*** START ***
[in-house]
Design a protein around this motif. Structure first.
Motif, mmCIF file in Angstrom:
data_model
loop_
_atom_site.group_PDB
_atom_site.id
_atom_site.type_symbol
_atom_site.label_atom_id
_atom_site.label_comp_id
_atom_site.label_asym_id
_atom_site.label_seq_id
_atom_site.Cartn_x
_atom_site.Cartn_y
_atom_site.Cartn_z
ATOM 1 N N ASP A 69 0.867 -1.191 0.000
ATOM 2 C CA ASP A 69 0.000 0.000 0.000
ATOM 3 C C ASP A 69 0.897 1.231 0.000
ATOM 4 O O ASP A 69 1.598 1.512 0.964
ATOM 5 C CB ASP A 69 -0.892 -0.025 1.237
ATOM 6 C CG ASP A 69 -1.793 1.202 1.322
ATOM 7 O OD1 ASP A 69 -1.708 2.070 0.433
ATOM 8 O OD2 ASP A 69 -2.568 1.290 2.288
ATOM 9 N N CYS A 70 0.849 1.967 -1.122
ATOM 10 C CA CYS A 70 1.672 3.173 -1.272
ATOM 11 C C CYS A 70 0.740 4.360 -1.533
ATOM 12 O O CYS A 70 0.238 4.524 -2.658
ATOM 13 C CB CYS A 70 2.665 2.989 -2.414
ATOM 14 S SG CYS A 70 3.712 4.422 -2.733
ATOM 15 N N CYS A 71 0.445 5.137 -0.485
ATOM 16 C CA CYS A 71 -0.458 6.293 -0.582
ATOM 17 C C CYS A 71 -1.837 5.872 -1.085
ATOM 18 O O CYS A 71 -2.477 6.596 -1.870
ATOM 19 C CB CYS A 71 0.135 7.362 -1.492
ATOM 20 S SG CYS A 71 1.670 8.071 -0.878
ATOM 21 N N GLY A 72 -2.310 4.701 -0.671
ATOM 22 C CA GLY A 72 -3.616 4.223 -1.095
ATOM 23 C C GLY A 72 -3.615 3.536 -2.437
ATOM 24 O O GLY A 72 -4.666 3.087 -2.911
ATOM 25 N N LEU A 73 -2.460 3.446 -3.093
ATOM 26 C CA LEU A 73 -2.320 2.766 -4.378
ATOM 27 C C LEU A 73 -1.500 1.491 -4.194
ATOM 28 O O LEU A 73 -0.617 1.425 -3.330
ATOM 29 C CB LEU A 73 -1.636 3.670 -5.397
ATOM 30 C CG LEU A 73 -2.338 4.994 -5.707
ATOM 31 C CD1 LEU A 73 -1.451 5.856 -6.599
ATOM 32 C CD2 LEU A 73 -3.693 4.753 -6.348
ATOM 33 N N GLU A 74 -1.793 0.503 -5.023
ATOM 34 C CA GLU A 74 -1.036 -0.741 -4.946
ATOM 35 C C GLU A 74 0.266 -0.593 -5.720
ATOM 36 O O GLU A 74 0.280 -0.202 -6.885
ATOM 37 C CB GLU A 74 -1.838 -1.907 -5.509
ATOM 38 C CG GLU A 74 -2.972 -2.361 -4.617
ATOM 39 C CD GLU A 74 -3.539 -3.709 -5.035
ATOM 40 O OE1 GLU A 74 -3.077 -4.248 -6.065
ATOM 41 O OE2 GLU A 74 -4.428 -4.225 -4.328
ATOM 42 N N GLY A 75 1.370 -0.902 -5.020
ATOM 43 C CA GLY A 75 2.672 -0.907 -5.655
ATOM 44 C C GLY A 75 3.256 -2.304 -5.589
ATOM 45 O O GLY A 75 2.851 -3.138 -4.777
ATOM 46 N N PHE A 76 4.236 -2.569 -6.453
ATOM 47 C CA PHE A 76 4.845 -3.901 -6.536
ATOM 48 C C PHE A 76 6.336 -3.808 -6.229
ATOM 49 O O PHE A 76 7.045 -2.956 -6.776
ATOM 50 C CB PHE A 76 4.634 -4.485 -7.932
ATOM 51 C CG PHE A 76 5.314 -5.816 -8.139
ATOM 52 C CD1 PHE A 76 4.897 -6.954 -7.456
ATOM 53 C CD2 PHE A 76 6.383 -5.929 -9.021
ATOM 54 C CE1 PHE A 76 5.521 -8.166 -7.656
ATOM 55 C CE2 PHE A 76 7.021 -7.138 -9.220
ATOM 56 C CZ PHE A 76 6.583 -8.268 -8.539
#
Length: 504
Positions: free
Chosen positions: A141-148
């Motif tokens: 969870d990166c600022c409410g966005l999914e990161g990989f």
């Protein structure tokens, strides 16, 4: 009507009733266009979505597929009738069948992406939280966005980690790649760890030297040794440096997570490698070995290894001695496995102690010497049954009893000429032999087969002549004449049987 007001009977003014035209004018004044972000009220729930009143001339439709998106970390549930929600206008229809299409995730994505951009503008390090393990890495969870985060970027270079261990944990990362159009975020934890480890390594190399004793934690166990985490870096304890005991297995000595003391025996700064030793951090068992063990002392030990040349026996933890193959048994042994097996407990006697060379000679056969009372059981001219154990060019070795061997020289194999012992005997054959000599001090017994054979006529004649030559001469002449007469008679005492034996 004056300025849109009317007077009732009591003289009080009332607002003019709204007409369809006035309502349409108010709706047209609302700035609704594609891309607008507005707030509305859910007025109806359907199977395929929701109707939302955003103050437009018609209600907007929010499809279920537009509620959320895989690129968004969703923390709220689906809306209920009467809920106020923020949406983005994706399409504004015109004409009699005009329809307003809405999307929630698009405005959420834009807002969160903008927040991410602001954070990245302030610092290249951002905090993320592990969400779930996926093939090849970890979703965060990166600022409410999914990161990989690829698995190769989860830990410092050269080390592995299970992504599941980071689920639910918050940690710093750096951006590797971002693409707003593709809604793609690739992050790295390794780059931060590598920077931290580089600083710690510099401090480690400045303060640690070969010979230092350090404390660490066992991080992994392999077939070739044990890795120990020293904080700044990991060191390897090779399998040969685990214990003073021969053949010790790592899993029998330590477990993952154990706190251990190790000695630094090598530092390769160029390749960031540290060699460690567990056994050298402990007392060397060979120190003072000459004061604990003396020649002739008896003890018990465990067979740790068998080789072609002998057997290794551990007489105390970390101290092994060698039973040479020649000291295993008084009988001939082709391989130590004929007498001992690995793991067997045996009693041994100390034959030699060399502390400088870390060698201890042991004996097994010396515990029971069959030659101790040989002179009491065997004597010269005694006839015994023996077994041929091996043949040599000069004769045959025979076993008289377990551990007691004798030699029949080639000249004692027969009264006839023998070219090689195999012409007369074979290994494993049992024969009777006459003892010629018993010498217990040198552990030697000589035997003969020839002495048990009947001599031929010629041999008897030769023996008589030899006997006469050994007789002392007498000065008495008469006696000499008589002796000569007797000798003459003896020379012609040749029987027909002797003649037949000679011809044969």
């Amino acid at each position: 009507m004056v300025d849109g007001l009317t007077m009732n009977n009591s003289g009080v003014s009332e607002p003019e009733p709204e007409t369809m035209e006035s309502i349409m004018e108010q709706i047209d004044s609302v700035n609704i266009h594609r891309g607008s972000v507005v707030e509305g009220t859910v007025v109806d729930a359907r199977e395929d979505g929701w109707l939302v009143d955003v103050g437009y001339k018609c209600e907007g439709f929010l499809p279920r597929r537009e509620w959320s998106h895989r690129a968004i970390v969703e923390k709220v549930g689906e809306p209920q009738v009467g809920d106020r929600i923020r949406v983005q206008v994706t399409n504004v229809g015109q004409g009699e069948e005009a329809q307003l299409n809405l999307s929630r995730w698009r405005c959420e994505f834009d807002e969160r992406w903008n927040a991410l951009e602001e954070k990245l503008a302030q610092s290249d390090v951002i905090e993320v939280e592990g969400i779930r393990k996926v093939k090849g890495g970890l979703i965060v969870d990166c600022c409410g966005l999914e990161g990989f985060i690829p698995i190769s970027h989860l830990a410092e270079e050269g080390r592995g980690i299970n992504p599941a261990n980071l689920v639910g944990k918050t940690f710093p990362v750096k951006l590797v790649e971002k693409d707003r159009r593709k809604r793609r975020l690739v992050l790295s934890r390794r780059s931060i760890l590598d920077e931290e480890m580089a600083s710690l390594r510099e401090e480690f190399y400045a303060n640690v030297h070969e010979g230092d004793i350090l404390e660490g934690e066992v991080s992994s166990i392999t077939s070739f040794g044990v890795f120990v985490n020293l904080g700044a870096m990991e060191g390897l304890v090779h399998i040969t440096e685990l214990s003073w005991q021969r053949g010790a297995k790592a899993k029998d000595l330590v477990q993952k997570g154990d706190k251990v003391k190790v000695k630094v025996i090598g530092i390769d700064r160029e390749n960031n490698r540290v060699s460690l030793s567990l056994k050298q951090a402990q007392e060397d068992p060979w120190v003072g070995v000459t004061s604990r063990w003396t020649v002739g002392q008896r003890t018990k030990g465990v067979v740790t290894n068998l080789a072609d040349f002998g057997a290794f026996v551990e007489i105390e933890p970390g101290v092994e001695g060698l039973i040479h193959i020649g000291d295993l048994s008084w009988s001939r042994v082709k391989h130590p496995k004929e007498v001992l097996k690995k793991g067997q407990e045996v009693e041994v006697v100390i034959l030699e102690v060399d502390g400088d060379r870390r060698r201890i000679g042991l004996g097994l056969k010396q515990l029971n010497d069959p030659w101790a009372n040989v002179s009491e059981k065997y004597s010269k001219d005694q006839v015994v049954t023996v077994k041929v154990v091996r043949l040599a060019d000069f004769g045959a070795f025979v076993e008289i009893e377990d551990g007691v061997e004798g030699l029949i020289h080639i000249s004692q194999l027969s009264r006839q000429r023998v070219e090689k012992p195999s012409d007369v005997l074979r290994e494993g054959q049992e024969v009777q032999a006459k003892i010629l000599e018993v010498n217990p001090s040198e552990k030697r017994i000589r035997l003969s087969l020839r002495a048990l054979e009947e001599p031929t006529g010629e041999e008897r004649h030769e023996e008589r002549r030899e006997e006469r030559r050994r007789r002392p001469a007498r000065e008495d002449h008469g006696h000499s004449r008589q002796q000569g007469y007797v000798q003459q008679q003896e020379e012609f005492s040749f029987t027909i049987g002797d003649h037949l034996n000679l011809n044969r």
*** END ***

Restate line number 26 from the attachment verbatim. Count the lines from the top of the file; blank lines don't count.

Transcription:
ATOM 11 C C CYS A 70 0.740 4.360 -1.533